When the League and the Society reach New Genesis, they encounter the heroes of that world, who are known as the New Gods. This group includes Mr. Miracle, Orion, Big Barda, Oberon, and Metron, all of whom have complex histories of their own. For instance, Mr. Miracle and Orion are the sons of the Highfather, ruler of New Genesis, and Darkseid, ruler of Apokolips, respectively. The warring rulers brought about an uneasy truce by agreeing to send each of their young sons to be raised by the other, thus ensuring that each side would have a reason to restrain their aggression.
The result was that Orion, the son of one of the most evil despots in existence, was raised in the enlightened and noble world of New Genesis, while Mr. Miracle, AKA Scott Free, was raised on the hellish world of Apokolips, where he learned to hone his abilities as an escape artist in order to break free of that prison. That's only one part of The Fourth World's rich history, and with a world that expansive, any number of compelling stories can be told within it. But despite the rumored role of Darkseid in the "Justice League" movie, the introduction of Fourth World elements and characters may be limited at first, both so as not to overshadow the characters of the Justice League, and also to give the debut of the franchise a degree of grounding in the real world in order to make it relatable to a wider audience.
The New Gods quickly get their Earth-based guests up to speed, informing them that the entire population of New Genesis has been kidnapped and taken to Apokolips. However, it seems Darkseid cannot be behind it since, as told in 1978's "Adventure Comics" #460 (also by Conway), Darkseid was destroyed through the efforts of his son Orion, who recognized the evil of his father's ways and turned against him. Instead, it appears the villains are old foes of the Justice Society, the aptly named Injustice Society, this time consisting of The Fiddler, The Shade, and The Icicle, who in addition to carrying out the kidnapping, have forced the abductees to construct a mysterious machine which they are about to activate. The machine turns out to be used to reconstitute the deceased Darkseid, who in turn had reached out from beyond the grave and bent the villains to his will in order to do his bidding.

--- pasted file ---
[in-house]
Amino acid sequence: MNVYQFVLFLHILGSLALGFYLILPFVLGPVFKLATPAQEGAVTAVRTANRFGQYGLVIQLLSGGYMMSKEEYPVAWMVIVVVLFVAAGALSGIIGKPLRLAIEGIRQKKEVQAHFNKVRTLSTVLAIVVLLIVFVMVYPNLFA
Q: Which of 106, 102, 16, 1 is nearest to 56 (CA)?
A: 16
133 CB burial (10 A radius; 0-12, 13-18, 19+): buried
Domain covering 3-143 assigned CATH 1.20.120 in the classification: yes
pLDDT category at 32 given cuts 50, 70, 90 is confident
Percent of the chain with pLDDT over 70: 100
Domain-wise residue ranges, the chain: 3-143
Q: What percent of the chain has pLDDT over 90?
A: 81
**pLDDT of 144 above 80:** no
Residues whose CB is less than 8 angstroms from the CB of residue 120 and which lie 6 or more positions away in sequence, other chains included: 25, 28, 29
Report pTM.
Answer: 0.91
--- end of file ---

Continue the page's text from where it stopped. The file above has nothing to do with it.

Obviously, the "Justice League" movie will not have to deal with resolving any previous plots regarding Darkseid's status, but his use of mortal villains as pawns is a recurring theme for the character, and could work well in the Justice League movie, in order to present them with a smaller-scale threat before facing off against the big bad. One would assume, however, that the makers of the film will come up with more credible villains to use than The Fiddler, The Shade, and The Icicle.
Darkseid's ultimate plan is to transport his nightmarish world of Apokolips into the universe that Earth-2 occupies, where he believes that his goal of universal supremacy will face no challenge as he currently does from New Genesis. Unfortunately for the people of Earth-2, this move will displace and destroy their world, leaving it up to the combined forces of three worlds to stop him. It certainly seems that a simplified version of this plan could serve as a driver for the plot of the Justice League film; eliminate the references to Earth-2, and simply introduce Darkseid as an otherworldly threat determined to encroach on our world's existence, and you've got a plot not far removed from this summer's "Avengers."
But whether the influence of this particular story, or for that matter, the involvement of Darkseid at all, amounts to anything more than idle rumors is something we'll all just have to wait to find out, as the heroes of the Justice League continue their march to theaters.